AGILITY – I’ve been thinking about the meaning of this word lately. Thinking quickly, under pressure, and needing to make skillful decisions. Every one of us is agile these days.
I’m proud of the agility I see in my team and our partners here in the US and across the globe. Over the past several months, as the world changed, we leaned into our core values of compassion in action, equity, and respect. By doing so, we were able to support those in need. We saw agility in the form of innovations in telemedicine, new safety protocols, and diagnosing patients remotely.
While we understand the work we do is serious, we don’t take ourselves seriously. This wisdom is the gift from one of our most beloved co-founders, Wavy Gravy. He celebrated his birthday earlier this year under quarantine and via a live stream concert. His opening welcome was videotaped at his home, and the footage used was pulled from earlier shows.
There are 19 million children worldwide under the age of 15 who live with impaired vision. In 2018, moved by this alarming statistic, Seva made a commitment to screen 1 million children and provide all necessary follow-up care by December 2020. This major undertaking was supported by Seva’s corporate partner, MODO, and other Seva supporters.
At Seva, from our work with eye care professionals, hospitals, and partners in over 20+ countries, we’ve witnessed first hand the transformative power of community health. By partnering directly with the communities we serve to co-create innovative eye care solutions, we can reach more people with the sight-restoring treatment they need and, in turn, transform more lives.
The COVID-19 pandemic continues to be one of the most pressing global health challenges of our time. Seva is thankful for all the brave frontline and essential workers who have tirelessly risked their lives in support of others. We are also thankful for you and your continued support in ensuring that our partners receive the vital resources they need in the face of this crisis.
For most of her life, Shakeela Bibi did not realize she had a vision problem. A 14-year old girl living in Pakistan, Shakeela had to drop out of school after two years because she could not keep up with her peers. She had trouble reading the blackboard and would copy off of other students’ notes instead.
We believe that all children should be able to play, learn, and grow. Unfortunately, according to the World Health Organization, an estimated 1.4 million children globally are blind, and 19 million live with some form of visual impairment. At Seva, we know that to create a world free of avoidable childhood blindness, we must screen children for vision impairment as early as possible and identify and provide treatment to those in need. This means meeting and screening children where they are – at schools, at home, and in their community.
Today, as you and your family reflect on the changes our world is going through, know that your compassion has reached into one of the most forgotten places on Earth.
Over the last decade, nearly one million Rohingya people have fled their homeland of Myanmar to escape what the UN refers to as the military’s ethnic cleansing. In late 2017, one of the worst human rights violations of the decade sent hundreds of thousands of women and girls, boys, and men into neighboring Bangladesh. Crammed into makeshift shelters in Cox’s Bazar district, the Rohingya refugees are one of the most densely packed populations on earth living in what is now the largest refugee camp in the world.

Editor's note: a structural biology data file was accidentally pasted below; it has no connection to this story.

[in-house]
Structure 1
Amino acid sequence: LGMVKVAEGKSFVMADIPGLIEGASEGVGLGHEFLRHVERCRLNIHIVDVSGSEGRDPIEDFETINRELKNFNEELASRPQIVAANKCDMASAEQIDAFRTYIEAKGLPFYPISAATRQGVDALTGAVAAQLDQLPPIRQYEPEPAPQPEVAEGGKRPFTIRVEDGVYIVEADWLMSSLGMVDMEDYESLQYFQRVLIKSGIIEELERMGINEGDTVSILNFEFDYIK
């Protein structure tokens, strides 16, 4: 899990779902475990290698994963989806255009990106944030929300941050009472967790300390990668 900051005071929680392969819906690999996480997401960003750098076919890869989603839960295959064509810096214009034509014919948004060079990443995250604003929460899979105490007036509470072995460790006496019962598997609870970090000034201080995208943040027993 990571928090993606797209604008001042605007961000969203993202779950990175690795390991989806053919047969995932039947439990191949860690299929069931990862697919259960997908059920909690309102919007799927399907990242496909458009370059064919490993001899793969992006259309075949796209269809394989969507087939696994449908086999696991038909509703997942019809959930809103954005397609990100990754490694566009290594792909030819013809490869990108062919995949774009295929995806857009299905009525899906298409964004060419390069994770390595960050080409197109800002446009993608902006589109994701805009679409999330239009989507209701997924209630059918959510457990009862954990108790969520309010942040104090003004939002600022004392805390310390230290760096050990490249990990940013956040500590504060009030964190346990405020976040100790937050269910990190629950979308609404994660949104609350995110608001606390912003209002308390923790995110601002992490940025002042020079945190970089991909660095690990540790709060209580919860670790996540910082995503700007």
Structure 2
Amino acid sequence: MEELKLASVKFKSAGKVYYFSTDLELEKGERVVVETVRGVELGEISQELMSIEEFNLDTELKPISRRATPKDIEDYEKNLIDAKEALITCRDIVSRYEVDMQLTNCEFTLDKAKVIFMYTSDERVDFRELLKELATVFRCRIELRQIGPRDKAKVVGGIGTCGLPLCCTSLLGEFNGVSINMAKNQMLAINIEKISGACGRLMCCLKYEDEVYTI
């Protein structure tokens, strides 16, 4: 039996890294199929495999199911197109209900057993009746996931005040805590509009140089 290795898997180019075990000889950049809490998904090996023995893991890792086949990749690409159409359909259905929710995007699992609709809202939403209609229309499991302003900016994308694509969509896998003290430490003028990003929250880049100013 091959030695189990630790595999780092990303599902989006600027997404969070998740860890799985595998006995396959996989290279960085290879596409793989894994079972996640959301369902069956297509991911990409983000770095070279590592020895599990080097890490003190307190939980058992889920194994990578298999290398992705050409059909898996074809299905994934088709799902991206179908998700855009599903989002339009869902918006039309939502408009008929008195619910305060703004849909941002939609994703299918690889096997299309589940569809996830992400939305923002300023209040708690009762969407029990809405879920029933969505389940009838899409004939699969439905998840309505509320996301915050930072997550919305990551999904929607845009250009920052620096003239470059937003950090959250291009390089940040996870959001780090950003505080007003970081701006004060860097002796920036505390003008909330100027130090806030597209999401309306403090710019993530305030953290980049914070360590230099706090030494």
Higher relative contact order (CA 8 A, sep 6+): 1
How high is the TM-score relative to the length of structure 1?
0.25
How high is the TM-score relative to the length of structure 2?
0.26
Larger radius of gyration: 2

Upon reaching Bangladesh, the sheer number of Rohingya overwhelmed the local resources, resulting in a lack of access to clean water, sanitation, nutrition, shelter, and health care, including eye care. For the Rohingya, a lifetime without proper access to eyecare means a high rate of preventable blindness and vision loss. According to our study, ten thousand refugees living in the area need cataract surgery today. Every year three thousand more will. On top of this, seventy-five thousand refugees need glasses.
Seva is committed to providing access to eye care in this region.
There are millions of people in the world in need of eye care services and not enough trained eye care professionals to provide care. Your generous support enables us to provide critical training for ophthalmic support staff. These individuals are professionally trained vision care workers who assist ophthalmologists and optometrists with routine clinical or non-clinical activities. With their assistance, ophthalmologists can focus on more advanced and complex cases. Together, they can provide care to more people, more efficiently.
But who trains the trainers? How do we make sure the teachers are giving their students the best information across the board? Eyexcel is how.
Even in the middle of a global pandemic, millions of people around the world need access to basic eye care services. At Seva, we are grateful for your support and the hard work, dedication, and determination of our wonderful global partners who go the extra mile to ensure that underserved communities have the support they need – especially today, during this challenging time.
On June 21, 2020, our partner in Bangladesh – Ispahani Islamia Eye Institute and Hospital (IIEIH) ‘e-inaugurated’ a new eye clinic in Lalmohan supported by Seva. Lalmohan, located in the southern district of Barisal, had very few vision care resources to serve its almost 300,000 residents. As most of the population there earns a low income, the closest eye hospital, which is located 63 miles (102 Kms) away, becomes very difficult and costly to visit.